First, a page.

Robin Thicke's "Blurred Lines" has been under heavy criticism for the song's rapey undertones with lines like "I know you want it/But you're a good girl/The way you grab me/Must wanna get nasty/Go ahead, get at me." The lyrics coupled with the racy visuals, which featured a number of naked girls holding animals, and getting their hair brushed have put Thicke, and the song, under controversy.
Thicke only fueled the fire by saying he intended the Diane Martel-directed visuals to be derogatory towards women.
In an interview with GQ, Thicke said:
"We tried to do everything that was taboo. Bestiality, drug injections, and everything that is completely derogatory towards women. Because all three of us are happily married with children, we were like, "We're the perfect guys to make fun of this." People say, "Hey, do you think this is degrading to women?" I'm like, "Of course it is. What a pleasure it is to degrade a woman. I've never gotten to do that before. I've always respected women." So we just wanted to turn it over on its head and make people go, "Women and their bodies are beautiful. Men are always gonna want to follow them around." After the video got banned on YouTube, my wife tweeted, "Violence is ugly. Nudity is beautiful. And the 'Blurred Lines' video makes me wanna..." You know. And that's the truth. Right now, with terrorism and poverty and Wall Street and Social Security having problems, nudity should not be the issue."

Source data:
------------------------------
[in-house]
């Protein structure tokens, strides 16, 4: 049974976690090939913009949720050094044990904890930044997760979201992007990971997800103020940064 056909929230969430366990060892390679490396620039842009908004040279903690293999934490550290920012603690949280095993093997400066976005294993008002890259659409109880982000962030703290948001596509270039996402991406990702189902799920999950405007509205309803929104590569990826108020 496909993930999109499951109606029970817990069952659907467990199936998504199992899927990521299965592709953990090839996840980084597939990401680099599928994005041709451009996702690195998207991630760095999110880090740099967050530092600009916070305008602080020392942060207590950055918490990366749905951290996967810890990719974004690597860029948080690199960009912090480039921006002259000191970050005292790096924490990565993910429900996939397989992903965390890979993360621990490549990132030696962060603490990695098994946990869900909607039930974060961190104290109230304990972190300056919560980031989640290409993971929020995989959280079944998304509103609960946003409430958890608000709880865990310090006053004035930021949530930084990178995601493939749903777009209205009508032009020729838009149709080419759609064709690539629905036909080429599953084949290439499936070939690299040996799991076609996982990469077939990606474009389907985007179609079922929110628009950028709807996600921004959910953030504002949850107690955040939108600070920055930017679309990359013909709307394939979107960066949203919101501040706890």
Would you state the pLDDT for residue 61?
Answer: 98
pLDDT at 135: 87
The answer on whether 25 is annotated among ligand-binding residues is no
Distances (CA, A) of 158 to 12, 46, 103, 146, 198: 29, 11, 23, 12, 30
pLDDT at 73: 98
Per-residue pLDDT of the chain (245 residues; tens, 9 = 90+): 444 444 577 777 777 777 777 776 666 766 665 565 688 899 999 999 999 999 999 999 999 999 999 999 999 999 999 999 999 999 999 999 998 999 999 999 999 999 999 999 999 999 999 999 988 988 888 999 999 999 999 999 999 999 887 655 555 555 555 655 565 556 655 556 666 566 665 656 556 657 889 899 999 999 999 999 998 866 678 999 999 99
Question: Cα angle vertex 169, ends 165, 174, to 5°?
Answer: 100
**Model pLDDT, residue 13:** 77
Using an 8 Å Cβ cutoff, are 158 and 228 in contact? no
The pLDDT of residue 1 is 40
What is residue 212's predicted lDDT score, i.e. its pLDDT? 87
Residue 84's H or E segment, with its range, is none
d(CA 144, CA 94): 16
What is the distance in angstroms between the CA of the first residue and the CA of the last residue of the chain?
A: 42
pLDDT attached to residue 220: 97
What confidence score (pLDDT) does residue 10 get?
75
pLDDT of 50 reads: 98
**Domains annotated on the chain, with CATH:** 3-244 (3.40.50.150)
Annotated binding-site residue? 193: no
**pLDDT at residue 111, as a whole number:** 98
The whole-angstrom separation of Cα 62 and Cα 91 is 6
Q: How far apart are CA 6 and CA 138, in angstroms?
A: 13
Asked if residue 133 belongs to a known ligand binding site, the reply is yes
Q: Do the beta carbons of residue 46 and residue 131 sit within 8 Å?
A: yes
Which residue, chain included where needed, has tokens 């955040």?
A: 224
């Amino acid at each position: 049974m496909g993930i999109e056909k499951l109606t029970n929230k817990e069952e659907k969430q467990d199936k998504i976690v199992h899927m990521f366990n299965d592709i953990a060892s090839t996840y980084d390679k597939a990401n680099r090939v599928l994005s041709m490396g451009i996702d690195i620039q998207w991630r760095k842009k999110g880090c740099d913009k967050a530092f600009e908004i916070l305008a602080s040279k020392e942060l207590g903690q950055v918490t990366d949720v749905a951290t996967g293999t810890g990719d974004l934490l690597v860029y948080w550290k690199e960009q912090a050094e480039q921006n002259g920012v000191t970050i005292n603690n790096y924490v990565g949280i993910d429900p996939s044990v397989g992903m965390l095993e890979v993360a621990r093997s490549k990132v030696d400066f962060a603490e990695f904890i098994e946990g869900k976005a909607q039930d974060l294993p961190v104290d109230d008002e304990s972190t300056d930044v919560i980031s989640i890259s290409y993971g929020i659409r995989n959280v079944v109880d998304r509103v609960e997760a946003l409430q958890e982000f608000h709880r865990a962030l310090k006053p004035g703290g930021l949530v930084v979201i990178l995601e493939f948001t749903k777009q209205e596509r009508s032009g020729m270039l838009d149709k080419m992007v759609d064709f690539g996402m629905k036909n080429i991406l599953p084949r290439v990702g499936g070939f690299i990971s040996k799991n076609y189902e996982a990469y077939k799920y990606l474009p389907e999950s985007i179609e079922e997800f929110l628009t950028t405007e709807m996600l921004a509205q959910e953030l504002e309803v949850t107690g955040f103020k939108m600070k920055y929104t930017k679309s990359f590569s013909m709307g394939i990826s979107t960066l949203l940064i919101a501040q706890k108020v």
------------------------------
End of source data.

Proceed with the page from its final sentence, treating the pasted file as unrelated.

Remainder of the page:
Robin was finally confronted with the question of whether or not "Blurred Lines" is as controversial as its critics think, and he told BBC "I can't even dignify that with a response, that's ridiculous."
Watch the interview over at BBC and let us know your opinions in the comments below.